Tuesday, September 2, 2008

Welcome back the Greenback

Now that summer is officially over, the kidlets are thankfully the teachers' problems, our white clothes have been dutifully folded into the cedar chest (Mom's Fashion Rule: “Never wear white after Labor Day, dear.”), and UCLA miraculously pulled out the first major upset of the college football season last night on national television (take that Trojan scum!), we can now return to our regularly scheduled routines, for better or for worse. I, for one, usually have a difficult time getting out of bed after a long holiday, but today was less brutal since the markets opened up strongly on news that hurricane Gustav left the Gulf oil rigs and refineries alone. At last, a ray of sunshine! Maybe this September won't be the downer like most of them have been in the past, but alas. The bluebird of happiness quickly flew the coop as financials and energy stocks continued their slide sending the market into a tailspin. With little more than one hour before close at the time of this writing, the S&P has fallen more than 2%, down 28 points from it's 1303 high put in right after the open. The volatility index, the VIX, shot up over 8%. Could this relatively large move signal the end of the late summer rally?

I don't know, and honestly, I wouldn't put all my eggs in either Papa bull's or Mama bear's basket until we get some sort of confirmation in the direction of the trend. If history is any indication, the bulls usually get skewered in September, but who knows if history will repeat itself this time. So, if the prognosis for the broader market is unclear is there any other market that is in a discernible trend?

You betcha.

Short foreign currencies; go long the US dollar
All of Wall Street has been hailing the return of the US dollar for the past several weeks, yours truly included. On August 14th, we looked at shorting the British pound via the currency ETF, the FXB. At that time, the pound had already fallen precipitously, roughly 7% from recent highs. Since then, it's fallen another 4.6%, with half of that drop happening today. (If, instead, you had gone long the US Dollar ETF, the UUP, you would have been up only 2%.)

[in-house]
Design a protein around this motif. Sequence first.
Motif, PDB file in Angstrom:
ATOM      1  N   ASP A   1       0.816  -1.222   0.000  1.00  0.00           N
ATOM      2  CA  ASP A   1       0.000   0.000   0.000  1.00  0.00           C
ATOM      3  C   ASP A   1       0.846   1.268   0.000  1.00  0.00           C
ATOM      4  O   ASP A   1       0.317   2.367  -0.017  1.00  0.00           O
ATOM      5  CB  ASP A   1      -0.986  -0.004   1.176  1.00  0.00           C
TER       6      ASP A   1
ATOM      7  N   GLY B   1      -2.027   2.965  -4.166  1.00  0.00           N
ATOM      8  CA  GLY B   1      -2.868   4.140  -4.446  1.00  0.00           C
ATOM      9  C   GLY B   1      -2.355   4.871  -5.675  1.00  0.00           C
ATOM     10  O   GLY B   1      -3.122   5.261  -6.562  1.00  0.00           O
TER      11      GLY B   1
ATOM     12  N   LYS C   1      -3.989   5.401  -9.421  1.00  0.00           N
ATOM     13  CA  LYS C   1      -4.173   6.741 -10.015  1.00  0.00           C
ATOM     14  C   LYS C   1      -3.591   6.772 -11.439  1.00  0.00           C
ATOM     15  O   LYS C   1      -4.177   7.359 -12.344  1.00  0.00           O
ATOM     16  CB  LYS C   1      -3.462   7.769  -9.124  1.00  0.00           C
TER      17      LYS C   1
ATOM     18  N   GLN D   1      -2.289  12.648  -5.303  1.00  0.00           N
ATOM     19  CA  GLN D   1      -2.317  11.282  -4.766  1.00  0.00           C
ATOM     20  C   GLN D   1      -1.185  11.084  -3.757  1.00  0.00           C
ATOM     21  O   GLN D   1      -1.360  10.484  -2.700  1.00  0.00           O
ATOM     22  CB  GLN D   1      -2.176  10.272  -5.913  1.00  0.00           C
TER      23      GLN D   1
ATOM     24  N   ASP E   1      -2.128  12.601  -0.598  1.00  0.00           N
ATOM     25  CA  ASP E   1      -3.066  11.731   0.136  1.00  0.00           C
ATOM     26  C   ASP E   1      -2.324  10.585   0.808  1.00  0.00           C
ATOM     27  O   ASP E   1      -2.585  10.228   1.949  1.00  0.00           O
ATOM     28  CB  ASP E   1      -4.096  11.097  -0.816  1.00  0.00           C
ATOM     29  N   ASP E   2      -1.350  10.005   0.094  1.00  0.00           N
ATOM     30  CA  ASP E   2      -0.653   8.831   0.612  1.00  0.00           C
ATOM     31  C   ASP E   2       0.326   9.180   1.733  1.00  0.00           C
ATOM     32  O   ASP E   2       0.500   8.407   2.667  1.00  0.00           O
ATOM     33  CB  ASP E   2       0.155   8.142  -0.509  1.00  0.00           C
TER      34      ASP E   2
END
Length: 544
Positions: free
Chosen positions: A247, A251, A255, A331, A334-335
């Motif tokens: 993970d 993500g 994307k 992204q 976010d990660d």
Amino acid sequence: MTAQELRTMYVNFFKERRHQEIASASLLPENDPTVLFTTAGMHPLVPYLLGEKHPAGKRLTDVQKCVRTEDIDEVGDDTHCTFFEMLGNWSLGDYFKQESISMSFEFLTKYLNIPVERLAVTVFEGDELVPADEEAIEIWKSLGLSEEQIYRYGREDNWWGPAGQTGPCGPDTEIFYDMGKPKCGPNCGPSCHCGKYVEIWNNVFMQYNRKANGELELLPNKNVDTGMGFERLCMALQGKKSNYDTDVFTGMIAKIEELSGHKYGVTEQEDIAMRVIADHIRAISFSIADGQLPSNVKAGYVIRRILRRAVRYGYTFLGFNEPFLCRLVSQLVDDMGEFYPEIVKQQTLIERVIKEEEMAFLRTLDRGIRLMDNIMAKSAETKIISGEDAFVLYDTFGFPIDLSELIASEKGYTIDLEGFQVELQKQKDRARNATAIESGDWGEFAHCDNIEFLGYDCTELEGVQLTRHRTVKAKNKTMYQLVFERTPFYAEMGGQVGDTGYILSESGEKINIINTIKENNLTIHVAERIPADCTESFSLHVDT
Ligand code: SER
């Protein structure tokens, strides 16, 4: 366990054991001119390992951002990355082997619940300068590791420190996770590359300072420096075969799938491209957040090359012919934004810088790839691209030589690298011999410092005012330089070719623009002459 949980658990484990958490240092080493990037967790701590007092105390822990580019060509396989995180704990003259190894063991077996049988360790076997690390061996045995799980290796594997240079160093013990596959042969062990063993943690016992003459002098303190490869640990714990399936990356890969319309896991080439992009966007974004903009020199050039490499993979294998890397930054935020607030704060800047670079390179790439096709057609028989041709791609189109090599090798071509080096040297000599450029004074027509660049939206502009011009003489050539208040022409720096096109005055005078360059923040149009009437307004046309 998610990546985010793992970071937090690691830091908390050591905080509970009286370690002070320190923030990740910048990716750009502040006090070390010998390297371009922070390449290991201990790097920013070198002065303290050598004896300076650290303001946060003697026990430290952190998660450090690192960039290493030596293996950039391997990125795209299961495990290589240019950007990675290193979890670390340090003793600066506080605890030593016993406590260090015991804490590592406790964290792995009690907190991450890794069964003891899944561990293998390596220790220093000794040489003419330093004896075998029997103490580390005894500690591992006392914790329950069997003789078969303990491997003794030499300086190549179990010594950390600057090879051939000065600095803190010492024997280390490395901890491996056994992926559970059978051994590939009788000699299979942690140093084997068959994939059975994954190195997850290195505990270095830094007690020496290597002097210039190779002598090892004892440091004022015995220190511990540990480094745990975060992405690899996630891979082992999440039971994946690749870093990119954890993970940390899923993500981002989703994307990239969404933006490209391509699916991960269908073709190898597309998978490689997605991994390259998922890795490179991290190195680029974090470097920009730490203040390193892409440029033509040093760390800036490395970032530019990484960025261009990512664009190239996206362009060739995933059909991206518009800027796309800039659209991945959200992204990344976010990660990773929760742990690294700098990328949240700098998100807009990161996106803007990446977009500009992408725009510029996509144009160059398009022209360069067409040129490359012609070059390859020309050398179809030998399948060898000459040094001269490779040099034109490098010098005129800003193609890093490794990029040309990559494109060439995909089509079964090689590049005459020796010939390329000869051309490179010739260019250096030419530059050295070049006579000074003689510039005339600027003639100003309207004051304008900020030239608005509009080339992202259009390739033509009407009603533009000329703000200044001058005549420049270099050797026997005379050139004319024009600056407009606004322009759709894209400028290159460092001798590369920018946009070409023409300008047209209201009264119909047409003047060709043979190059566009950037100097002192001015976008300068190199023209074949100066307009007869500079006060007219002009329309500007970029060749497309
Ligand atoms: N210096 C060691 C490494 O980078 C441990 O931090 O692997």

All of the other foreign currency ETFs have declined since the rise of the dollar starting July 15th. Another significant decline in the price of oil today probably accounts for the breakout in the US Dollar and the breakdown in foreign currencies. All of them with one exception were down today, with the Australian dollar and the British pound leading the losers (-2.8% and -2.5% respectively.) The exception is the Japanese Yen which posted a very modest gain. Does this mean you should buy it? No. A look at the chart of its currency ETF, the FXY, shows that today's action is forming a higher low within an established down-trend--exactly the time one wants to go short.

Are there other ways to play this market?
As I said previously, you can short any of the foreign currency ETFs or go long the UUP. Just so you're not relying on the chart of the currency ETF alone, check out my August 18th blog for tips on the country ETF action. (A list of both country and currency ETFs are given there.) While you're checking those out, compare them with their short and ultra-short counterparts. Here's a few of them with their short ETF listed first followed by their Ultra-short:

Emerging Markets: EUM, EEV
EAFE Markets (Europe, Australia, Far East): EFZ, EFU
China: FXP (Ultrashort)
Japan: EWV (Ultrashort)

If you check out the above charts, you'll see a long run-up in the prices. Does that mean you shouldn't buy them? No, both the DUG (Ultrashort Oil & Gas), the GLD (a gold ETF), and the UUP made significant moves today, all indicating further upside to the dollar. That doesn't mean, however, that you should charge right in all at once. The best plan of attack is buy on pull-backs if going long the short ETFs, and sell into rallies if going short the long ETFs as in the case of the Japanese yen today. Soon would be a good time to buy the UUP.

This blog just touched on some of the ways to play a rising dollar. Since the greenback is sensitive to commodities, you can also go long the airlines--a good play if oil continues to drop. (All of the airlines did well today. JetBlue (JBLU), US Airways (LCC), and United (UAUA) are the best of the birds.) Aggressive investors can buy options on the currency ETFs (but note many are thinly traded) or play the currency market outright. Risk adverse investors should probably avoid options and the ultrashort ETFs. Perhaps for now, putting your money under your mattress isn't such a bad idea.

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